Who we are
Antimicrobial Resistance (AMR) is a threat to life and healthcare globally. The Antimicrobial Resistance Centre at the London School of Hygiene and Tropical Medicine (LSHTM) operates as a centre of excellence in AMR research. Bringing together researchers from a unique breadth of disciplines across the sciences and humanities, the Centre is known for its high quality disciplinary and interdisciplinary work to meet the complex challenge of AMR.
AMR Centre members have expertise in addressing drug-resistant infections along the whole research pipeline, including basic biology, genomics, pharmacology, clinical research, epidemiology, policy research, social sciences and modelling. Our expertise, established over decades of world-leading research in infectious diseases around the globe, lies in descriptive, experimental and translational research to understand and respond to AMR.
What we do
The Centre has unrivalled reach across scientists, policy makers and practitioners around the globe, with current AMR research in 30 countries. In our research we aim to:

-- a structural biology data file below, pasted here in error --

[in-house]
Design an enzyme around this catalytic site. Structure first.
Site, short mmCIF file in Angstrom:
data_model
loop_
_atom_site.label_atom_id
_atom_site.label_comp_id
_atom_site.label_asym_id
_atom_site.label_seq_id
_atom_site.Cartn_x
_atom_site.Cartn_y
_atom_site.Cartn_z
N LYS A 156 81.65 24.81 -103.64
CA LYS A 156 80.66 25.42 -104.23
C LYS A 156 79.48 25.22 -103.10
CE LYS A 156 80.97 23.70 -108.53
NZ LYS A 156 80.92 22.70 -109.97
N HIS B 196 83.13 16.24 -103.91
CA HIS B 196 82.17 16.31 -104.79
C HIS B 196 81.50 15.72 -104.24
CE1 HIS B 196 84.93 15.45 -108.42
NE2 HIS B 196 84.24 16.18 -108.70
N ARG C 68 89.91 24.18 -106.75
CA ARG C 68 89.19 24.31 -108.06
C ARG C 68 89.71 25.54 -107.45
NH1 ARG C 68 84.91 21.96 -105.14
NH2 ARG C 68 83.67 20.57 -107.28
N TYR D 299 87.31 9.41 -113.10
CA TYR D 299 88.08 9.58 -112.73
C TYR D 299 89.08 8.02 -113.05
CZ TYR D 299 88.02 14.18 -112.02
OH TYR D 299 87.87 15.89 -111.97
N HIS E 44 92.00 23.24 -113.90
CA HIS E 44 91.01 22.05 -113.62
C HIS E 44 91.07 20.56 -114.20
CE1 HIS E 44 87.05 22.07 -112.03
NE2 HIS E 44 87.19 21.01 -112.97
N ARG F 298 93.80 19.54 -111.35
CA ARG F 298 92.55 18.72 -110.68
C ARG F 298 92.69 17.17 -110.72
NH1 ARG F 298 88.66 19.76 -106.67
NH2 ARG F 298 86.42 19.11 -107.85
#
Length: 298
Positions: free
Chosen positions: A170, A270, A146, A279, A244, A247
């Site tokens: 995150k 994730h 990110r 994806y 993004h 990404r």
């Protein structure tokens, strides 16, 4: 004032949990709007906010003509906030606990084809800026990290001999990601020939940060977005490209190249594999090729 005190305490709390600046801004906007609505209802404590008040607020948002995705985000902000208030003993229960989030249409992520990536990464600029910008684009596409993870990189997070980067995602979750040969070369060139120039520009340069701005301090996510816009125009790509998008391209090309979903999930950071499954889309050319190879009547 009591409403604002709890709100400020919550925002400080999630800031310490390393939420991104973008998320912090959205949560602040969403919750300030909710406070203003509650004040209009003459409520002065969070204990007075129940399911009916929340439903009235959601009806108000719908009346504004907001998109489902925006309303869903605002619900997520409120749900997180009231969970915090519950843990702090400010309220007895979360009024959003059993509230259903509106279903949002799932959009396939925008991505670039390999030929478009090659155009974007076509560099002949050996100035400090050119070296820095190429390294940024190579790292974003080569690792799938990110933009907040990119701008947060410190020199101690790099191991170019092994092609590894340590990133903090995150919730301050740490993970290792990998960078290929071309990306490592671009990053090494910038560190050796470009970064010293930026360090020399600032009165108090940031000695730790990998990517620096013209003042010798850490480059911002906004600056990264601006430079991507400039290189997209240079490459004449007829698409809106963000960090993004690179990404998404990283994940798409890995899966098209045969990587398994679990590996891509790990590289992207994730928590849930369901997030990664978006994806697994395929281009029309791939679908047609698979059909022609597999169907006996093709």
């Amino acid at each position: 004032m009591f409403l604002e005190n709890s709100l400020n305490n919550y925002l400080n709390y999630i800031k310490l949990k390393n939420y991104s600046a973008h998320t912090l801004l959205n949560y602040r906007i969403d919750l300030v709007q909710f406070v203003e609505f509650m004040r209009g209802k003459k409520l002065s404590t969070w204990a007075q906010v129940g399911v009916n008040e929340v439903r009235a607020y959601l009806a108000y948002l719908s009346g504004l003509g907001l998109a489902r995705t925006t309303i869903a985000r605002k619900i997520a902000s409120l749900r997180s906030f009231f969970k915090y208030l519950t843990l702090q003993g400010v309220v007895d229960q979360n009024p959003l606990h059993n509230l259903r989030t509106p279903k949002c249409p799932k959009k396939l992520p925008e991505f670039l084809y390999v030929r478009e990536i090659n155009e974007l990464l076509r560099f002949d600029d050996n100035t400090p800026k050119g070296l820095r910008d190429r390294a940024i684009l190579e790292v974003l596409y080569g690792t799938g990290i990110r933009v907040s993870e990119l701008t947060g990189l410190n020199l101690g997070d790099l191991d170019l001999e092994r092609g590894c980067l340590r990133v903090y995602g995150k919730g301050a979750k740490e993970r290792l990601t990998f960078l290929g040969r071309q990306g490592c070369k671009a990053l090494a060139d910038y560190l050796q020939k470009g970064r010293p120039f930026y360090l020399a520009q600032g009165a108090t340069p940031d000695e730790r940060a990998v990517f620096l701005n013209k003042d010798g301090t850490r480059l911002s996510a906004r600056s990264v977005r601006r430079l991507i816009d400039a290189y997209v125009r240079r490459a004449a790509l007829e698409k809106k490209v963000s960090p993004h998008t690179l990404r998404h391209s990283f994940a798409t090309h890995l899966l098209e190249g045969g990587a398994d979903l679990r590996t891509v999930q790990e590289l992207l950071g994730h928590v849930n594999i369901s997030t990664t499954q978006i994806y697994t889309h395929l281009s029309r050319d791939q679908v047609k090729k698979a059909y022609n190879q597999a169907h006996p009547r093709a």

- Describe where, how and why AMR is a problem
- Develop, model, evaluate and translate innovative solutions to reduce the threat of AMR.
Visit our Research page to find out more about some of our current projects.
Within LSHTM, there is a strong emphasis on the One Health paradigm, integrating research on human, animal and ecosystem health. This is crucial for tackling AMR, given that transmission and spread occurs through the movement of both microbes and antimicrobials between humans, animals and the environment.
As part of our commitment to world-leading research, we help to share and expand knowledge and foster new collaborations by: hosting seminars with speakers at the cutting-edge of their fields; organising and collaborating in events at LSHTM and across the world; actively engaging in debates on policy; fortnightly academic-led newsletter and twitter feed.
LSHTM is also a host institution to cohorts of Fleming Fund Fellows, a programme funded by the UK Department of Health and Social Care, which aims to help fellows from around the world to develop the skills required to combat the global threat of antibiotic resistance.
Research at the centre is divided into five disciplinary pillars: